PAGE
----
Many evangelical Christians have been caught off guard by the sweeping changes in national leadership as a result of the September 27 German election that saw Helmut Kohl, his conservative Christian Democratic Union (CDU), and allied parties lose power after 16 years. Along with the CDU's sister Bavarian party, the Christian Social Union, Kohl and company received only 35 percent of the vote, down 6 percent from the 1994 election.
The triumphant Social Democrats (SPD), with Gerhard Schroeder at the helm, gained 4.5 percentage points from 1994 results to win 41 percent of the national vote. The SPD immediately began building a coalition government with, for the first time, the environmental Green party. Together, those two parties achieved a majority in the new 669-seat federal Parliament.
The media-friendly Schroeder, 54, won over voters by pointing to high unemployment and suggesting that the 68-year-old Kohl had clung to power too long. With similar arguments, the Party of Democratic Socialism—the successor to the former East German Communist party—cleared the 5 percent hurdle necessary to be represented in Parliament.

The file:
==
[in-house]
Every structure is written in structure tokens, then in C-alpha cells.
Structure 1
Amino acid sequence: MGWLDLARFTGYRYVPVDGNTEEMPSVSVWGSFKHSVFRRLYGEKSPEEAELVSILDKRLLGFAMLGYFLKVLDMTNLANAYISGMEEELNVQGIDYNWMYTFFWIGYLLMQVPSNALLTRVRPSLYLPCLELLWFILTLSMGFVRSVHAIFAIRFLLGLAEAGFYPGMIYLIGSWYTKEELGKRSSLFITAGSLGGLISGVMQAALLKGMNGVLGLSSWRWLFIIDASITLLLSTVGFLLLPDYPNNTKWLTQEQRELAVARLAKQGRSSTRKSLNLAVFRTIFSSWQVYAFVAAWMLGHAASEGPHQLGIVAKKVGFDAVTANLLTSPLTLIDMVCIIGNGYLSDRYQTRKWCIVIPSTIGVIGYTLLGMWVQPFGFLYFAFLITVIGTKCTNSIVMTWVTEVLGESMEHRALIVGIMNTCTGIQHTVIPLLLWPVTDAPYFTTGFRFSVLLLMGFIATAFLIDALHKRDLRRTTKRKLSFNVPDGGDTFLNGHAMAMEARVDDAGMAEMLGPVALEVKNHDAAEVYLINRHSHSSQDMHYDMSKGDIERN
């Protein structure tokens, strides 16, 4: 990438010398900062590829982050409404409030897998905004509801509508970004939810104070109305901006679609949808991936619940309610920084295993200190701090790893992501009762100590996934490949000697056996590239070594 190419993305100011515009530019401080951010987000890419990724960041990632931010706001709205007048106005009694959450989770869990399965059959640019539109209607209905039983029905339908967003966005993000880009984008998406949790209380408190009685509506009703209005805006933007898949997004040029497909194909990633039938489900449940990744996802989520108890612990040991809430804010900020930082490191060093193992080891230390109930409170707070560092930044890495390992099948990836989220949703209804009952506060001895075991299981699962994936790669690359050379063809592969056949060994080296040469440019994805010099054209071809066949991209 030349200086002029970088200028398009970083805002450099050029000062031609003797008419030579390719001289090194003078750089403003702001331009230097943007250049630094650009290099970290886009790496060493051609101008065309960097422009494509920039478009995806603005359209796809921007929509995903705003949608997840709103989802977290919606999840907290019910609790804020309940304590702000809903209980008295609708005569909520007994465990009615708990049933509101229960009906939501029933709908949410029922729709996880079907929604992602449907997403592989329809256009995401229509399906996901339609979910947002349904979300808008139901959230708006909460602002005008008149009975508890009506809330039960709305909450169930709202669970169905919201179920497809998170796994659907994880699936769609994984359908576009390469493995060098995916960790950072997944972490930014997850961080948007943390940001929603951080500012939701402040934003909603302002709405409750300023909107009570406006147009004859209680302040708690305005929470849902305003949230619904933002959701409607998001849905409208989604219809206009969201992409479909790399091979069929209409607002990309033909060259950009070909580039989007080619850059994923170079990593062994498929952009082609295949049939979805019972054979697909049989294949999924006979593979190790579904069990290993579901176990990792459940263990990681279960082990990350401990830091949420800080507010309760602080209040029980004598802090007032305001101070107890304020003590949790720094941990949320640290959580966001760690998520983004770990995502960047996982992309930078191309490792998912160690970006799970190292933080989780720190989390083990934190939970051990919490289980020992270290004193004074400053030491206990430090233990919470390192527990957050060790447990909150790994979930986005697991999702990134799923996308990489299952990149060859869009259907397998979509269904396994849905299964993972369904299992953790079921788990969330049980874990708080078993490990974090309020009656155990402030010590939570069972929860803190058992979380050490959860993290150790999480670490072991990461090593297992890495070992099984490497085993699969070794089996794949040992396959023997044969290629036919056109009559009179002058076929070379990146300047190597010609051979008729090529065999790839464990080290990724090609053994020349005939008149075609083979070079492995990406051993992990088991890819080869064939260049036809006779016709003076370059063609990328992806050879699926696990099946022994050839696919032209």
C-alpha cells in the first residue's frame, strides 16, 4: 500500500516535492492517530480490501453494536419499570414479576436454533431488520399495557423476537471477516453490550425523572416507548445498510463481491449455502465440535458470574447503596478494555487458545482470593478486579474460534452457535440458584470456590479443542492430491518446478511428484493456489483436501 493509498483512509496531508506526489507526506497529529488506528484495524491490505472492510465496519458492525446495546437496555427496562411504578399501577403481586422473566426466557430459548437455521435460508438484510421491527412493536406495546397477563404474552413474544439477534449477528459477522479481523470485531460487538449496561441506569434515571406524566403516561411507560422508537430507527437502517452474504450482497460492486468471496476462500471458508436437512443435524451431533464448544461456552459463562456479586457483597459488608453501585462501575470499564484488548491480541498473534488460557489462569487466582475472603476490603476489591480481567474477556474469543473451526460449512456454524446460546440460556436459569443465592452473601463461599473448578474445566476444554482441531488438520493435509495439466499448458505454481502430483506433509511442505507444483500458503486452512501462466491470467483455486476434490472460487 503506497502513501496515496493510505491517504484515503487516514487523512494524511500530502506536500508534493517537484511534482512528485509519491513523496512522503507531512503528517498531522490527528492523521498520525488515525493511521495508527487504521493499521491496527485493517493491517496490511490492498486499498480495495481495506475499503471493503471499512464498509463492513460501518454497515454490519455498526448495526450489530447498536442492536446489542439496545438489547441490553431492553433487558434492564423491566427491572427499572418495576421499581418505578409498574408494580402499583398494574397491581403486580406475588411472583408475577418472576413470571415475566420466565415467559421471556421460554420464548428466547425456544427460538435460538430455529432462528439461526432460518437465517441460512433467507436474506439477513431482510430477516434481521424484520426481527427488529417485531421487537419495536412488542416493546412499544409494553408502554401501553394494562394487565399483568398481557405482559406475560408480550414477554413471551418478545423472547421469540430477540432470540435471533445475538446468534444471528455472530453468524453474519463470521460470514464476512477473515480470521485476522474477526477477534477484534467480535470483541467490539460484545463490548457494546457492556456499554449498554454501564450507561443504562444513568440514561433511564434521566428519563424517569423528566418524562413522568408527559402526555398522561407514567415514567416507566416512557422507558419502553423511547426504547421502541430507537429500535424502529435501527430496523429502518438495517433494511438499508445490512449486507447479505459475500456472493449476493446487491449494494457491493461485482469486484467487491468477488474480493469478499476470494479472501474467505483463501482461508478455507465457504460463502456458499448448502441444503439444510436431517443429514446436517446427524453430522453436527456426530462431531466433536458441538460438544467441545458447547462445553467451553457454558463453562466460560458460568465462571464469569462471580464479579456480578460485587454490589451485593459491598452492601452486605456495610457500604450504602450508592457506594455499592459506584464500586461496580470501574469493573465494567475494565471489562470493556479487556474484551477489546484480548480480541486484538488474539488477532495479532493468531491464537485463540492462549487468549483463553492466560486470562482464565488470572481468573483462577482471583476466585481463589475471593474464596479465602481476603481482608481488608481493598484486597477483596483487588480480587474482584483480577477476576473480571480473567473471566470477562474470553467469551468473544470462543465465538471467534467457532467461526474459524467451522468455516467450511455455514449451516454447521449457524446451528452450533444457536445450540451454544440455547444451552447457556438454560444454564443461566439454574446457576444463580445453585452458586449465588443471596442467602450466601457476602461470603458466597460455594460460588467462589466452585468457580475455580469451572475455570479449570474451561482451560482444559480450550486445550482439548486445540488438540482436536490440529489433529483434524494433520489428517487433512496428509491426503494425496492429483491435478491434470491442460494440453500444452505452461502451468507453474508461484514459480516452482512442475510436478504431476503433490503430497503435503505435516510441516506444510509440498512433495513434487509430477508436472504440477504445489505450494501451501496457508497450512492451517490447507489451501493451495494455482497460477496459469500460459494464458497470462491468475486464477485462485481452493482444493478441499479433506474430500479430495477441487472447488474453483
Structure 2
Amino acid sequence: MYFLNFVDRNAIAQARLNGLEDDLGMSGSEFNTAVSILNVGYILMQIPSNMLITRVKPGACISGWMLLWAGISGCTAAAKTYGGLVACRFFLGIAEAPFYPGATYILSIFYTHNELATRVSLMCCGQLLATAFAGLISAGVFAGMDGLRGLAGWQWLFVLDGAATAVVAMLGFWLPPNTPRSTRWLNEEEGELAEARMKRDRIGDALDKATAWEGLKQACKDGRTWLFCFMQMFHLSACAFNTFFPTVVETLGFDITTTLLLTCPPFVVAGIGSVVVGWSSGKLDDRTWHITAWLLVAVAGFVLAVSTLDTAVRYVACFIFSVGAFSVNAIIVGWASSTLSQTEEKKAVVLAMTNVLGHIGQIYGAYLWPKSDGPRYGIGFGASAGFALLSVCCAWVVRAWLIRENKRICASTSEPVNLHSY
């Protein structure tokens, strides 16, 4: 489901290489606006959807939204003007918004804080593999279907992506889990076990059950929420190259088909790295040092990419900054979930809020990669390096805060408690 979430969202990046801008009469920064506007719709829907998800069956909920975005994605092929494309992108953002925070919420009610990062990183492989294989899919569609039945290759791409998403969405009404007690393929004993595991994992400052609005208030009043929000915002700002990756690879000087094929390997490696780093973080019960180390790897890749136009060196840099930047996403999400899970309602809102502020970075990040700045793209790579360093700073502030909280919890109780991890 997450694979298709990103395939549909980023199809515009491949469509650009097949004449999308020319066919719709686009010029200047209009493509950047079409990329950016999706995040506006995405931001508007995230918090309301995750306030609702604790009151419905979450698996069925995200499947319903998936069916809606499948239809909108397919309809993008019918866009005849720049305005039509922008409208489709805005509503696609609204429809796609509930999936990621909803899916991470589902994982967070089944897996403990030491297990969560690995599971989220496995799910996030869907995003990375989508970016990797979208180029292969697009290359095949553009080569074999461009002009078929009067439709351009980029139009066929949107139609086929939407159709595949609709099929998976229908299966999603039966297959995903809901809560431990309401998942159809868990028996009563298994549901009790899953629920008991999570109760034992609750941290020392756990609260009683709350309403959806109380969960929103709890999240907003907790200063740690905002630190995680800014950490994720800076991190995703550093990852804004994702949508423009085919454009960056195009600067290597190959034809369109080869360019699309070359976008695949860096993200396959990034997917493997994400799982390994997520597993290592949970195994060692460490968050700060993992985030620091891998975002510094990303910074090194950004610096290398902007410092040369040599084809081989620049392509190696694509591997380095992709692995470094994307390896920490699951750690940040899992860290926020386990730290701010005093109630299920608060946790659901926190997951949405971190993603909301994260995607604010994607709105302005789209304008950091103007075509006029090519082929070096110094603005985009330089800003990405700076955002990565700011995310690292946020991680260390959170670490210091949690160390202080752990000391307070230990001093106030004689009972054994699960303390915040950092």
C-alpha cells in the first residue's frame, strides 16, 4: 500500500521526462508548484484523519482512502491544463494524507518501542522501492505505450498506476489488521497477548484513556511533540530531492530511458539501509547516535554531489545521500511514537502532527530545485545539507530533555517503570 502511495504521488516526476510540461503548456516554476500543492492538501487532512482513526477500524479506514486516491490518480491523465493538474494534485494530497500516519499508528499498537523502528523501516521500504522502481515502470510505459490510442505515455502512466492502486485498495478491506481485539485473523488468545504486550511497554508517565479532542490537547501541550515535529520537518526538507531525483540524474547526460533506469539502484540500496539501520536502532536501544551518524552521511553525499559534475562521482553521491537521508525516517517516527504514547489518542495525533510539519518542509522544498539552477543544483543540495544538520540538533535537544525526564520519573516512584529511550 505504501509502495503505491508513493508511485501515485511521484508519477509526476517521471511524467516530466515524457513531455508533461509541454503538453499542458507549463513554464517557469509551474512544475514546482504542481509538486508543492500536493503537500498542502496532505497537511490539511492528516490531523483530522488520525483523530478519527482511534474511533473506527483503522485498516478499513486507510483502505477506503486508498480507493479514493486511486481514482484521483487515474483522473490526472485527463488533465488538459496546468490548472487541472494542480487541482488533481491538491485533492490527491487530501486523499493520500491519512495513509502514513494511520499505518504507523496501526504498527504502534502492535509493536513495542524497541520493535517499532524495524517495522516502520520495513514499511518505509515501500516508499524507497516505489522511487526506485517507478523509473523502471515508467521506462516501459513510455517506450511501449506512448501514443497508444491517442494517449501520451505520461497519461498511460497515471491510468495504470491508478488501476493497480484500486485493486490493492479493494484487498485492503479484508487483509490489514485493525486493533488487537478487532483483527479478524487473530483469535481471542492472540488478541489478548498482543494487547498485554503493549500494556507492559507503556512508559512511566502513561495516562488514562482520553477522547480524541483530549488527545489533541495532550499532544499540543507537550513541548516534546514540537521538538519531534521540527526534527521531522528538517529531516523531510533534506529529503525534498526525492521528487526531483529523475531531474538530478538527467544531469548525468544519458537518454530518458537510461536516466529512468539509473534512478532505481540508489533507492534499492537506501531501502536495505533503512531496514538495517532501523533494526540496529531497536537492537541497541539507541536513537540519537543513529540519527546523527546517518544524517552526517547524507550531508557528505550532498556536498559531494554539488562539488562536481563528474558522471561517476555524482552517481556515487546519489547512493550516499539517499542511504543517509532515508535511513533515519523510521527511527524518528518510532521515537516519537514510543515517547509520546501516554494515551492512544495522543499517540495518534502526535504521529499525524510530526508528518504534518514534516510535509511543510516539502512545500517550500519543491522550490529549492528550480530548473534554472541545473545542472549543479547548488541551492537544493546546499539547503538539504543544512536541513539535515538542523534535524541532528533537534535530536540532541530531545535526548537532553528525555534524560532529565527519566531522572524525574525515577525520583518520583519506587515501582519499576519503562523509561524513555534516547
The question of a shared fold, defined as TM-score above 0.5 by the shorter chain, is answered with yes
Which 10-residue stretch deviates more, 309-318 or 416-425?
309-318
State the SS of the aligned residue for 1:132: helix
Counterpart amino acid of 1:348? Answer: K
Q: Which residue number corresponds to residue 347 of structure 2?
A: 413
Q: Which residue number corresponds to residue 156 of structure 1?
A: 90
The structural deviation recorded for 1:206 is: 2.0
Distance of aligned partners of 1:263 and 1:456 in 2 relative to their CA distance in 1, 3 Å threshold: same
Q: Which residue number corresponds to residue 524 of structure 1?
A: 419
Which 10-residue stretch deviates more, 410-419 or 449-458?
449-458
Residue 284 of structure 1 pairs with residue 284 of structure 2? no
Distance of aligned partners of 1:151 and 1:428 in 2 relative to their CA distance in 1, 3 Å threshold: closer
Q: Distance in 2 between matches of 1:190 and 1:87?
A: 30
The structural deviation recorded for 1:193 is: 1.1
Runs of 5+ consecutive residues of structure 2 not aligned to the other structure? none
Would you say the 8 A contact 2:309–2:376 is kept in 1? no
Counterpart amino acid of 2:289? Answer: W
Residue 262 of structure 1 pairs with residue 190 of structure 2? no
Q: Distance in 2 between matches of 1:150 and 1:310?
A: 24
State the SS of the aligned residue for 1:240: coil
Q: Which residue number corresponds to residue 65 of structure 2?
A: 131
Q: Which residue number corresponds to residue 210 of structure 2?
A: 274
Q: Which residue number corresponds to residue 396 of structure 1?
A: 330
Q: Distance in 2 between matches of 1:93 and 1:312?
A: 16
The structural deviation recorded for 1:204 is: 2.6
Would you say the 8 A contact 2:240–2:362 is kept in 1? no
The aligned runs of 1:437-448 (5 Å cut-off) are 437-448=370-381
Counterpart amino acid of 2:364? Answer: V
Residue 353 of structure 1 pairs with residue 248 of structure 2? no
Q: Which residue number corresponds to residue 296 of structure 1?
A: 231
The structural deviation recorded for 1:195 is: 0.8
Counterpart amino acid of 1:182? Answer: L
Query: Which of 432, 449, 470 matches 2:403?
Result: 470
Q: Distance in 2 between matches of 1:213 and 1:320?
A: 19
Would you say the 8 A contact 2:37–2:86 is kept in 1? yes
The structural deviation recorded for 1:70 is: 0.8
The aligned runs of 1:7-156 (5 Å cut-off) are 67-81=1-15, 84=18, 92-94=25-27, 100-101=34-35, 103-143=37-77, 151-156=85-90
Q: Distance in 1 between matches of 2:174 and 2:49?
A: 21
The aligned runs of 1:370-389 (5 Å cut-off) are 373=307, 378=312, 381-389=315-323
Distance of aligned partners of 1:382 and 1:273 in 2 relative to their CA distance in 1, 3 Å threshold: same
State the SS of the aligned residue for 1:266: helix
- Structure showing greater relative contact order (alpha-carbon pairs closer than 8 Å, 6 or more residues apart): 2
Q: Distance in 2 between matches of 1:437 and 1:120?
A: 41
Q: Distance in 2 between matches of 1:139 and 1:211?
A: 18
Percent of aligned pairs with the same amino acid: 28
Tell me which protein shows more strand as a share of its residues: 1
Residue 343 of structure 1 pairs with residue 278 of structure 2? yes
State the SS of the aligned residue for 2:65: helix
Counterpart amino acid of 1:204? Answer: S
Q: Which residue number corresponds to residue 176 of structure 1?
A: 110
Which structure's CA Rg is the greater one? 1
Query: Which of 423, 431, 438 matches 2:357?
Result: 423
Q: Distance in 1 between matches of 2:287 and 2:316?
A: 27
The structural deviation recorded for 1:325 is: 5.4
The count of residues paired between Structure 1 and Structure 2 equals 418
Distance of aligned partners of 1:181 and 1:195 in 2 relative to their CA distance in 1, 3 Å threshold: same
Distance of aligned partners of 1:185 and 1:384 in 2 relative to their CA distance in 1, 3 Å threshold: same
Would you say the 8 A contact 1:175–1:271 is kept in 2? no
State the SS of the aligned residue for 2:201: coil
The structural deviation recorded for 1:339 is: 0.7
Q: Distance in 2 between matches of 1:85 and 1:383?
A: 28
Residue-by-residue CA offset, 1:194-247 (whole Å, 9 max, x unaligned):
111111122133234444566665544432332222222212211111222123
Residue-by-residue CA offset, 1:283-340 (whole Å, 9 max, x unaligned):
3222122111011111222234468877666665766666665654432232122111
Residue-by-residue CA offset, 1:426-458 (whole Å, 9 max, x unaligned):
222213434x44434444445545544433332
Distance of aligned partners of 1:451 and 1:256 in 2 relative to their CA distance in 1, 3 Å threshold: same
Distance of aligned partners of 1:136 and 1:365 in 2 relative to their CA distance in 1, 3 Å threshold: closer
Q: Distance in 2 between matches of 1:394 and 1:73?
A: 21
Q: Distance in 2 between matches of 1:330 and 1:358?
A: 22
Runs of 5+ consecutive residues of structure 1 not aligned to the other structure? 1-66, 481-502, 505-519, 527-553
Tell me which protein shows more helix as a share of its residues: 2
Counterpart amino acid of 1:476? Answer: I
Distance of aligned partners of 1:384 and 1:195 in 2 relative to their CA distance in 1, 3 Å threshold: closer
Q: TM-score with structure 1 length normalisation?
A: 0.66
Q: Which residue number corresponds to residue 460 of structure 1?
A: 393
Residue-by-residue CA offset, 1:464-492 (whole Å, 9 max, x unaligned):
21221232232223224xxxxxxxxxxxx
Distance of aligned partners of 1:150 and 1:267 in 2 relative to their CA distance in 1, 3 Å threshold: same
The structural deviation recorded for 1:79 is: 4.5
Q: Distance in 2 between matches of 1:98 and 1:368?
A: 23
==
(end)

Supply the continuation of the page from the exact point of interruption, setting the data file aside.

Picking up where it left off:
In the wake of defeat, CDU leaders, one by one, dropped out to make way for a younger generation to modernize and reform the party that affirms a commitment to Christian values and a "Christian understanding of people and the knowledge of God's good creation."
The personal morality of the candidates did not play a role in the election. Schroeder, a Marxist-turned-moderate, is married for the fourth time.
EVANGELICAL RESPONSE: Many evangelicals, who represent only 3 percent of Germany's 81 million people, are concerned about an SPD-Green government. They say Christian values, especially the unique ...1